Among its many "Trump is such a threat to America that I think America ought to be destroyed as a country to save it" flaws, I love how Fallows's article glosses over most NATO countries not meeting the 2% target commitment, as if that isn't the fundamental basis of Trump's complaint about the alliance. As you say, the United States basically bribed most of its allies during the Cold War to fight the Soviets, and among those bribes was the willingness to spend to make up what they couldn't/wouldn't spend on defense. Russia today is an economic pygmy that faces within a decade demographic collapse (another theme of Zeihan's). Its conventional forces only pose a threat to Western Europe because, again, most NATO countries—notably Germany—aren't anywhere close to the 2% target and won't be by the 2024 deadline. (And yes, the four states most exposed to Russia—the Baltics and Poland—do meet the standard.)

Over time I've come to wonder more and more if Jeane Kirkpatrick's initial reaction to the end of the Cold War—to get the heck out of NATO and return to traditional American isolationism—wasn't the way to go. The great challenge to America going forward looks to be China, and that's an area 1) explicitly omitted from NATO's purview and 2) the US has worked bilaterally, not multilaterally.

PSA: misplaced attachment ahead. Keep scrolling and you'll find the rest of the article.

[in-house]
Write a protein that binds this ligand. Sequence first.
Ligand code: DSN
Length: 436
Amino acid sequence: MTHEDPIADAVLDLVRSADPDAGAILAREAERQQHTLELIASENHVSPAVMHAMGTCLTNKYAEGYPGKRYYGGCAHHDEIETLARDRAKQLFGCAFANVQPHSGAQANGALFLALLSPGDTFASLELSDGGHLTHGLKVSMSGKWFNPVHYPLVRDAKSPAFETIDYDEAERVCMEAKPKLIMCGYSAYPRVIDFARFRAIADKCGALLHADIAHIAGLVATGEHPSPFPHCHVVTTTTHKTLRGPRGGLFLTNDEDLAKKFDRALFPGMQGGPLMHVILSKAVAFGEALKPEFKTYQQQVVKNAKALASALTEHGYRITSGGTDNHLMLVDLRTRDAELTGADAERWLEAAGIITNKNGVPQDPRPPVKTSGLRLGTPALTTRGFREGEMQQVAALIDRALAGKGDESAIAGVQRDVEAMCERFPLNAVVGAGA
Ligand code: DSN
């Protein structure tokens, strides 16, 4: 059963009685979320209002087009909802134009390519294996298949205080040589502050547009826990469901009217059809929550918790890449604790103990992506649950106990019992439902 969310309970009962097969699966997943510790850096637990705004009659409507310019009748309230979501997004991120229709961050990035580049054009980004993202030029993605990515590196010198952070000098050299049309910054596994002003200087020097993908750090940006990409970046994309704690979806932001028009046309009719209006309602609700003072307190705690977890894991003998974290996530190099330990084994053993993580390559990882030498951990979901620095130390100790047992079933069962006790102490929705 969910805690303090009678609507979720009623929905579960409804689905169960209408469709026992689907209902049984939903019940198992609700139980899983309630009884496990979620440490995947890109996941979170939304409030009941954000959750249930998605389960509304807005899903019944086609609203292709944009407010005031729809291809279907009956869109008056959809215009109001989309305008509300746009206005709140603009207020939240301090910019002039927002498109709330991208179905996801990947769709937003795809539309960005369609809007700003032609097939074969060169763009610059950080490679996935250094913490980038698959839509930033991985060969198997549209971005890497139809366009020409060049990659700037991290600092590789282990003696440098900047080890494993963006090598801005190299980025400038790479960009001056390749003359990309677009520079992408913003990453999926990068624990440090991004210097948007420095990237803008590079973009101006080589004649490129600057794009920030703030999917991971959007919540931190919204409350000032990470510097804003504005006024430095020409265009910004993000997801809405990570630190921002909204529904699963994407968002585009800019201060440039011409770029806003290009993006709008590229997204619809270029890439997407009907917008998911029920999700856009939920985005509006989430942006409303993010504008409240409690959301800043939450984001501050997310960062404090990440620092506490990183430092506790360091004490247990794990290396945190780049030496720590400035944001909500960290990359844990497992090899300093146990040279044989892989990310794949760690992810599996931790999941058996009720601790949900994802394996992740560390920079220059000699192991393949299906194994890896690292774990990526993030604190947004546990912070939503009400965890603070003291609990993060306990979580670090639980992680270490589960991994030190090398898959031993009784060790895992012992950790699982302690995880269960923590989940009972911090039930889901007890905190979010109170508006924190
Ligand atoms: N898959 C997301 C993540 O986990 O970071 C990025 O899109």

Acording to this historian it was pretty awful: https://www.amazon.com/Fall-Rome-End-Civilization/dp/0192807...

"The book recaptures the drama and violence of the last days of the Roman world, and reminds us of the very real terrors of barbarian occupation. Equally important, Ward-Perkins contends that a key problem with the new way of looking at the end of the ancient world is that all difficulty and awkwardness is smoothed out into a steady and positive transformation of society. Nothing ever goes badly wrong in this vision of the past. The evidence shows otherwise."

We've seen how this looks like in modern times with the fall and decline of the Soviet Union. The US could end up similarly in the future: invading countries under flimsy pretexts, assassinating opponents, politics utterly corrupted by money, trying to bully other countries into submission, etc.

Wait you mean to tell me US doesn’t already do all of those things?